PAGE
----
Healthcare for all

I am so tired of watching this nation argue we can’t afford to have health insurance for everyone. This despite the fact that every western democracy somehow manages to do so, and does so while spending vastly less per capita than we do. For all that we spend we also get less with worse figures for key metrics such as infant mortality.

I also hear how we can’t possibly afford to give people a living wage. So here’s a basic lesson in economics. A real economist will probably laugh at me, but I’ll try anyway.

Money? What’s money. Money is an agreed upon fictional marker that we’ve all agreed represents a certain value. The value traditionally came from direct productive work either as a service such as repairing a roof or curing a patient, or an act of creation like throwing a pot or building a barrel. Money was an early invention because it becomes inconvenient to trade chickens for barrels and then chickens for wood to build the barrels and then chickens for trees to saw the wood.

The funny thing about money is that it can be used over and over again. Say you go get your car repaired and it cost $500. The mechanic goes and buys parts for $300 and pays a worker $200, the worker buys groceries for $200 and the parts supplier buys more parts for $150 and pays an employee the other $150. That original $500 does $1500 worth of purchases. It might end up in taxes or a bank where it no longer does anything productive, but a good part probably cycles around.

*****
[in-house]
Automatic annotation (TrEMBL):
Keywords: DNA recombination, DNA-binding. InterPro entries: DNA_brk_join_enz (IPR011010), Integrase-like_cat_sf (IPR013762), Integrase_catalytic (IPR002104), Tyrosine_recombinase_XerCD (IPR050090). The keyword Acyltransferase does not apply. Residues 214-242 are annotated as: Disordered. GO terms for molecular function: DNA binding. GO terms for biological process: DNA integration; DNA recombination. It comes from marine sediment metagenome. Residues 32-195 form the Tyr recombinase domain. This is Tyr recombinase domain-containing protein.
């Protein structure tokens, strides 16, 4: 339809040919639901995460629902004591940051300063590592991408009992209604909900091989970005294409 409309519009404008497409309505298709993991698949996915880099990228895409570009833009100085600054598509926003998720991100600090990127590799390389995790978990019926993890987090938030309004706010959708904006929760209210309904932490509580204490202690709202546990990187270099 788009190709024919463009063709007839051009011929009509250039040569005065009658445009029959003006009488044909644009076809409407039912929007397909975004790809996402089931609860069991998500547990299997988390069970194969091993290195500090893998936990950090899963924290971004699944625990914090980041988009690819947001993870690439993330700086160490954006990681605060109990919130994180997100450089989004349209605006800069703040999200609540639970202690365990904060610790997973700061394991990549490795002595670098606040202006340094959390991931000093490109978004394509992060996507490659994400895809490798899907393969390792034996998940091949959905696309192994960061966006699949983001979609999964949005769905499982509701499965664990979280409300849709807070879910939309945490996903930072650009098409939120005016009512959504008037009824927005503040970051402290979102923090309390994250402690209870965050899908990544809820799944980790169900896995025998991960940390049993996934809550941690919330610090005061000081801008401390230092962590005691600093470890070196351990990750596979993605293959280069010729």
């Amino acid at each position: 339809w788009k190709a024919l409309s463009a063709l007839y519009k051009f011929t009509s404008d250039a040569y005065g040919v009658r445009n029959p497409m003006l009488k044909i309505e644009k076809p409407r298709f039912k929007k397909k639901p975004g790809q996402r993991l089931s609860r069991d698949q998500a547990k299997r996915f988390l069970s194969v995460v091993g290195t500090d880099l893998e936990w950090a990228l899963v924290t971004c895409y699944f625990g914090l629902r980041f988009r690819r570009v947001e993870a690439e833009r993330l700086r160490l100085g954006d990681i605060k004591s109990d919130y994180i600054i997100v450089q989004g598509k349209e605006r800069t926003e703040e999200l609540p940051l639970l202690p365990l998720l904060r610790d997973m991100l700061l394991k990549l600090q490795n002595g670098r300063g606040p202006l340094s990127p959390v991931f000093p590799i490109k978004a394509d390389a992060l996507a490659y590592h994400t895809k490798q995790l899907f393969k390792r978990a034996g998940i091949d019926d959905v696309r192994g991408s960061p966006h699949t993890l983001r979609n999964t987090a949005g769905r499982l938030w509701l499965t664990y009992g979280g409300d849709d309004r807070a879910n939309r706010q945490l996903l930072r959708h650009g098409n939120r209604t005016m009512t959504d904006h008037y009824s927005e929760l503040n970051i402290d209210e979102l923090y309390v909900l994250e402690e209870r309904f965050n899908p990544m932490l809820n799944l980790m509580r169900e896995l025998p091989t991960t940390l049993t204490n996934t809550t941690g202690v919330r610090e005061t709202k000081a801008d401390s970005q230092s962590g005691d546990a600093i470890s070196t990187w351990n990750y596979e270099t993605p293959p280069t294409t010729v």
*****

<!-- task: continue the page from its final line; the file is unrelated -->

Intrinsic value: We think things like gold and diamonds have intrinsic value based on their rarity, but that’s problematic. You’ve probably heard people complain about not being on the gold standard. The problem is that gold varies in value depending on supply and if tomorrow someone found a huge rich vein of gold ore, the value of gold would plummet and so would all money holdings based on gold. Diamonds are worse, but that’s a history lesson.

A figure called the gross domestic product (GDP) is calculated and represents all productive work done in the nation. These days that figure is roughly 19 trillion dollars. That is 19,000,000,000,000 dollars. That means all services provided plus all goods produced whether consumed at home or abroad. The current US population is 320 million people or 321,000,000 people. If you divide those people into the GDP you get (hold on to your seats) a per capital value of 59 thousand dollars.  That is per man, woman and child. A family of three then has a value of the GDP of 168 thousand dollars.

That means the overall productivity of the people and factories in the US is 59 thousand per person. The problem is that nowhere near 321 million people are working and the median income is around $50 thousand.

I’ll leave you with two questions. Who do you think has that money, and do you think some of it should be shared so everyone can be covered by health insurance, which I’m guessing would cost (order of magnitude) 700 billion since we are primarily talking about children and adults. I base that on medicare, which deals with older people who are expensive to cover costing around 500 billion. Remember also that doing this would eliminate medicaid which we spend billions on currently.

Food for thought I hope. Write your congress person and senator.

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